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Roll $2$ dice.
Let $E$ be the event that the sum of the dice is $6$
Let $F$ be the event that the sum of the dice is $7$
Let $G$ be the event that the first die rolled is a $4$

$E$ and $G$ are dependent (since $P(E\cap G) \neq P(E)P(G)$ )
$F$ and $G$ are independent (since $P(F\cap G) = P(F)P(G)$ )

Intuitively, why is this true?

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In neither cases are they causally independent, which I think relates to your intuition. But in the latter case they are uncorrelated. –  Lucas Dec 10 '12 at 22:38

2 Answers 2

It's slightly more intuitive to think about this problem in terms of conditional probabilities.

We want to understand why P(F | G) = P(F). There are exactly 6 pairs of dice values whose sum is 7: {(1,6), (2,5), (3,4), (4,3), (5,2), (6,1)}. That is for each possible outcome of the first roll, there is exactly one (unique) outcome of the second roll which would yield a sum of 7. In other words, given the value of the first die, the probability that the sum of the dice roll is 7 is 1/6.

P(E|G) != P(E) because there are values of the first roll which make it impossible to have a sum of 6 - in particular, if the value of the first roll is 6. Therefore, knowledge of the value of the first die changes the probability that the sum of the two dice is 7.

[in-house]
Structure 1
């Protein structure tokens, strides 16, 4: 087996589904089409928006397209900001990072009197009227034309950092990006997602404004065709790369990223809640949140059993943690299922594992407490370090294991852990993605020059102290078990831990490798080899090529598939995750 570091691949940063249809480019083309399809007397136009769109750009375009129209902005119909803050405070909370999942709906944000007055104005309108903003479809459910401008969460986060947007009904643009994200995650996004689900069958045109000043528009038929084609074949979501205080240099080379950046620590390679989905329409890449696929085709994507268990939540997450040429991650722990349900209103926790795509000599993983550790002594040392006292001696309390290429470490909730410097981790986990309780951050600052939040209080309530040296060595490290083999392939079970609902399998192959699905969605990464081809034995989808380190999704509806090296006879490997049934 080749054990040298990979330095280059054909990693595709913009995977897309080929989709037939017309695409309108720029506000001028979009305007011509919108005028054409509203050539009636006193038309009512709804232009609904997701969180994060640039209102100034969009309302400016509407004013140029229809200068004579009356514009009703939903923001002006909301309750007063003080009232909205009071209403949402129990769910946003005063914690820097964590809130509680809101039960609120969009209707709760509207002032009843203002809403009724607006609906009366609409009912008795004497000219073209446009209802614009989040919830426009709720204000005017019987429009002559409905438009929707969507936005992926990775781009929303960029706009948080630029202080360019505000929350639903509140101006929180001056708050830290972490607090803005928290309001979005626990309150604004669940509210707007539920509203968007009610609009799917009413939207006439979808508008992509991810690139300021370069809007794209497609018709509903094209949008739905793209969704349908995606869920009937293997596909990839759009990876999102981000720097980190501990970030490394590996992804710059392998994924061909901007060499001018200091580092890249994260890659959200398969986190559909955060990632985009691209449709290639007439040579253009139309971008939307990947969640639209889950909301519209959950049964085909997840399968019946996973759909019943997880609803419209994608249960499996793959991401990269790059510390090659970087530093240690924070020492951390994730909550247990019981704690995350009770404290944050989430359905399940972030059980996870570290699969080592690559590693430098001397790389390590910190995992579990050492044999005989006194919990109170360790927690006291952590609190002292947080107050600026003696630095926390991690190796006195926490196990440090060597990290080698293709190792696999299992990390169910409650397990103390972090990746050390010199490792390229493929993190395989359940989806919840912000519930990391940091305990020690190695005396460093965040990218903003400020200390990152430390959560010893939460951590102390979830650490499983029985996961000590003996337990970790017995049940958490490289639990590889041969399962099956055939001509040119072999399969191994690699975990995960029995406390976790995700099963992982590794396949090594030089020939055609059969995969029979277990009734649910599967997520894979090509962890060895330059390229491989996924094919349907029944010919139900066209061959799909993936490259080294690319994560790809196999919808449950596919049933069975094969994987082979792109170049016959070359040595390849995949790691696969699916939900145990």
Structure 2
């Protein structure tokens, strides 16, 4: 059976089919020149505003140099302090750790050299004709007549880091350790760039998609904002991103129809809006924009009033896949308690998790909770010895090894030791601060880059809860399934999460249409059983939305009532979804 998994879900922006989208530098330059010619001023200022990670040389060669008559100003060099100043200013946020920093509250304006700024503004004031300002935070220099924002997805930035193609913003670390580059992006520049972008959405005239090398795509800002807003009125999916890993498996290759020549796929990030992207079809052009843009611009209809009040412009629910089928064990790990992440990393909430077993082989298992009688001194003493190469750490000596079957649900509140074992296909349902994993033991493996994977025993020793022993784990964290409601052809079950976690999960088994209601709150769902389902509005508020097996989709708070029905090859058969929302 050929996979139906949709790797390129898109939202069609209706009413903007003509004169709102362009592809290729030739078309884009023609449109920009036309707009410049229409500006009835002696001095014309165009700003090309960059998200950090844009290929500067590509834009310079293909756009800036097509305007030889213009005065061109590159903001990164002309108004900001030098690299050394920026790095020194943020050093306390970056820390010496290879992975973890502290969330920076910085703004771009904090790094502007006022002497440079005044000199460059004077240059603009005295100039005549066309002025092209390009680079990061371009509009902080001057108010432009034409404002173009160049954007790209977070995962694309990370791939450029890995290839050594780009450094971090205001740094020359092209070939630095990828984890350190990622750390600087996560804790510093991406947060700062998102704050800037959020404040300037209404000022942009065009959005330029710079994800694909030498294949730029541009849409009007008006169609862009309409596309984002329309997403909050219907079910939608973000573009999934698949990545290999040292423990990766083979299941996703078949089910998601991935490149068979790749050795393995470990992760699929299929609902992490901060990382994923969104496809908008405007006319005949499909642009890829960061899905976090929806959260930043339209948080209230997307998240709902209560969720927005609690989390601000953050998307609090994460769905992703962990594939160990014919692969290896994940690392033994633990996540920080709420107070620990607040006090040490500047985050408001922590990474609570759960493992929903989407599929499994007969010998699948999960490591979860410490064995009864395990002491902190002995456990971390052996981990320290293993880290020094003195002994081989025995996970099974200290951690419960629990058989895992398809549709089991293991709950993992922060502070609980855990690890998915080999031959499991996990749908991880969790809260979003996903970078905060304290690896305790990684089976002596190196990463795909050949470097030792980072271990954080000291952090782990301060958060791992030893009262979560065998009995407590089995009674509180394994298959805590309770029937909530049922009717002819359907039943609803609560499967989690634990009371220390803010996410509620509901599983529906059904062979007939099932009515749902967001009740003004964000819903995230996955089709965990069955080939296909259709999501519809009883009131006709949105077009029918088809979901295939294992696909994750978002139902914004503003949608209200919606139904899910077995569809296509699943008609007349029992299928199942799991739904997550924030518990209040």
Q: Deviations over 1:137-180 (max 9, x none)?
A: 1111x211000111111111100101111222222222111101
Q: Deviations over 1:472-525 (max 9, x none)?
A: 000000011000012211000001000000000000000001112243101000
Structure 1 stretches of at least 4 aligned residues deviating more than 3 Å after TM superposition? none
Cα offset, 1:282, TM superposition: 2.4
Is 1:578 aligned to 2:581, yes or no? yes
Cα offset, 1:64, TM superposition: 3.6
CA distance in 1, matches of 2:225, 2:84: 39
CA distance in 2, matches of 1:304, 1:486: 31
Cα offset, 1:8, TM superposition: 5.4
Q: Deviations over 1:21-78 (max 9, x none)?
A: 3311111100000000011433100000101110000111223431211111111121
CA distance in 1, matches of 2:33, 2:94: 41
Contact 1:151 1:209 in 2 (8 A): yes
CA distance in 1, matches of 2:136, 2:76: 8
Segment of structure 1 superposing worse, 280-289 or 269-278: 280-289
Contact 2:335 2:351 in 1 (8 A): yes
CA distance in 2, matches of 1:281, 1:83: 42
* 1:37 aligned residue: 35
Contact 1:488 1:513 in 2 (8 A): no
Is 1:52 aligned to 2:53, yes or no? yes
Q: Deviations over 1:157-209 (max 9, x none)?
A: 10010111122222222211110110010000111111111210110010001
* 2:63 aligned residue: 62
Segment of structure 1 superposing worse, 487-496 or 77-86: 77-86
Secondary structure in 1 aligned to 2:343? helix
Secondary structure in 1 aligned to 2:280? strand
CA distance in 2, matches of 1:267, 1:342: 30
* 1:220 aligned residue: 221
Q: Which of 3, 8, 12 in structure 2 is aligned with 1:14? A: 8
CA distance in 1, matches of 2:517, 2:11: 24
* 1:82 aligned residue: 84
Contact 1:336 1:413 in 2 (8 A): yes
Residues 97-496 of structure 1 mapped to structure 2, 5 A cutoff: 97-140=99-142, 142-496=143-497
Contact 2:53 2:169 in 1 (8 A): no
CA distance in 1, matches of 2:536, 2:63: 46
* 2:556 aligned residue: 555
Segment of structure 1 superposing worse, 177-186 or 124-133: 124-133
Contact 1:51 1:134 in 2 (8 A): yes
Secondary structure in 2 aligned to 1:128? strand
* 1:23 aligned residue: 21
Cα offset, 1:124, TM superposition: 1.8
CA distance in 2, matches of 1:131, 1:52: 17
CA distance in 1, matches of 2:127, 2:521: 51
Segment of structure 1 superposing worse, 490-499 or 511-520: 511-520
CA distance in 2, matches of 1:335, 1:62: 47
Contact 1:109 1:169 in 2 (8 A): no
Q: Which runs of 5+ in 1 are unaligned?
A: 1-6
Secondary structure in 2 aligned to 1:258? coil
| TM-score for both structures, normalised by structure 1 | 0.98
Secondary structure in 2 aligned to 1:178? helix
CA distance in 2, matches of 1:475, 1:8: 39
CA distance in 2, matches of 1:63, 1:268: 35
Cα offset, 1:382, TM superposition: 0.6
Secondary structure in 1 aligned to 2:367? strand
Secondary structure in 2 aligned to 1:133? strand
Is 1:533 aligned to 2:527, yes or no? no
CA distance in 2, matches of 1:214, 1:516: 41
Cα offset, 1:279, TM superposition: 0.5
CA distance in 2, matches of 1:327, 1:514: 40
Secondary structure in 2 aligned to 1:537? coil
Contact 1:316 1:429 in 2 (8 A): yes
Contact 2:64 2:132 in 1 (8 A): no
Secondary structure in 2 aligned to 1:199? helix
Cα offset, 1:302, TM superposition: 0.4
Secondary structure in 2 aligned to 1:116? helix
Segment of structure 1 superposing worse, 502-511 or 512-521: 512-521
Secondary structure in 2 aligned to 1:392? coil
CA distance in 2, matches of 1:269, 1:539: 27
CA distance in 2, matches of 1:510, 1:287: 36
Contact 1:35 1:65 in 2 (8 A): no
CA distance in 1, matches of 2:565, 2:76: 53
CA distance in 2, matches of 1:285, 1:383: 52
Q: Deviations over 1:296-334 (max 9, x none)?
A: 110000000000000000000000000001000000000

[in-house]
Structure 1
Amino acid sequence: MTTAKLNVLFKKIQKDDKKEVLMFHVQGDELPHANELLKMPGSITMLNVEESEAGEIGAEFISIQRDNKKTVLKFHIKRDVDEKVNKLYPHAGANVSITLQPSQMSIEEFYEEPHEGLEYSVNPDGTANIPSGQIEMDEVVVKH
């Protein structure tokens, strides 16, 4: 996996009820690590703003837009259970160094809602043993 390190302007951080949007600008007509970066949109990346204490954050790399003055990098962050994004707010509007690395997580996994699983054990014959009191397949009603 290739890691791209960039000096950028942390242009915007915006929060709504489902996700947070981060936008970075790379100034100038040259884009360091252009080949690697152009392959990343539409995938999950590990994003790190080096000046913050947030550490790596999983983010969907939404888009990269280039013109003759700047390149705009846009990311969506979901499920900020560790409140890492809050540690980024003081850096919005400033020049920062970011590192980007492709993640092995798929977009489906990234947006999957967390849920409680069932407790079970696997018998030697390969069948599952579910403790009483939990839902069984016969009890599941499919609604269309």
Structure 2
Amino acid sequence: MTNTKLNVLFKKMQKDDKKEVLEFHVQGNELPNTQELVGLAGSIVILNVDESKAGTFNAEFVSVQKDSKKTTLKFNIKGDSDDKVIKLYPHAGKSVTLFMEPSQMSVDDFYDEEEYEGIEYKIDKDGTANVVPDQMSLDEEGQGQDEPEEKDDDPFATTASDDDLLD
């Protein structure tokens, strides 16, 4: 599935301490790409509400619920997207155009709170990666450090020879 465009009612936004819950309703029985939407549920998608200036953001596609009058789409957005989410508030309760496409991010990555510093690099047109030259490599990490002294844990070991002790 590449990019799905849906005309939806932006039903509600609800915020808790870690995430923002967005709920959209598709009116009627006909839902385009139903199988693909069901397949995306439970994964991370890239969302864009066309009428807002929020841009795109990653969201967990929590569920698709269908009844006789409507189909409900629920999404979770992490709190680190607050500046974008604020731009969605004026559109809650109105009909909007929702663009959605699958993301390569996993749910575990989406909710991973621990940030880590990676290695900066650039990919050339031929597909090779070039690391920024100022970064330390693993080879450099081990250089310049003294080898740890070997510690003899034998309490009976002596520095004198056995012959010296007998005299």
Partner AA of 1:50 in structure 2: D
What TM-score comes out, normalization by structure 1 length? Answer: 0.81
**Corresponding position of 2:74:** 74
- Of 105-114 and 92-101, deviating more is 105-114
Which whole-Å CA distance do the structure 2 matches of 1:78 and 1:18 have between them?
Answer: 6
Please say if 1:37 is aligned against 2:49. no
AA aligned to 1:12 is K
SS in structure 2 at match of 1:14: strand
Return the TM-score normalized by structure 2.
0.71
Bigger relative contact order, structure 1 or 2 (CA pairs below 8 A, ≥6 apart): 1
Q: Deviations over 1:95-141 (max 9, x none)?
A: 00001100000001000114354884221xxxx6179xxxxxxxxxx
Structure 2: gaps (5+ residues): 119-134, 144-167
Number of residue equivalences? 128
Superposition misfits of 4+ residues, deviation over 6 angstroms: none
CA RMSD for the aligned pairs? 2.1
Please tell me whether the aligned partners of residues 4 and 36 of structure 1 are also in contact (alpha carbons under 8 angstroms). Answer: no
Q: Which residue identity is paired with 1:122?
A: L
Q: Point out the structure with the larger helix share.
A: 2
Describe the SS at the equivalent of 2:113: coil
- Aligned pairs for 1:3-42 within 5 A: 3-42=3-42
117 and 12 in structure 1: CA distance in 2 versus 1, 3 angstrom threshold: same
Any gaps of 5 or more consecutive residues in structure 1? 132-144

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Roughly speaking, if you know the sum of the dice is $6$, that gives you some information about what the first die rolled: namely, that it couldn't possibly have rolled a $6$. On the other hand, if you know the sum of the dice is $7$, that doesn't tell you anything about the result of the first die. For any number $n$ it might have rolled, the second die could have rolled the number $7-n$. So events relating to the result of the first die are independent of whether you rolled a $7$, but not of whether you rolled a $6$.

You can make this a little more rigorous by thinking in terms of conditional probabilities: if $A$ and $B$ are events with nonzero probability, then they're independent if and only if $P(A|B)=P(A)$ (or $P(B|A)=P(B)$). For your events, a bit of case analysis will show you that $P(G|F)=1/6=P(G)$, but $P(G|E)=1/5 \neq P(G)$.

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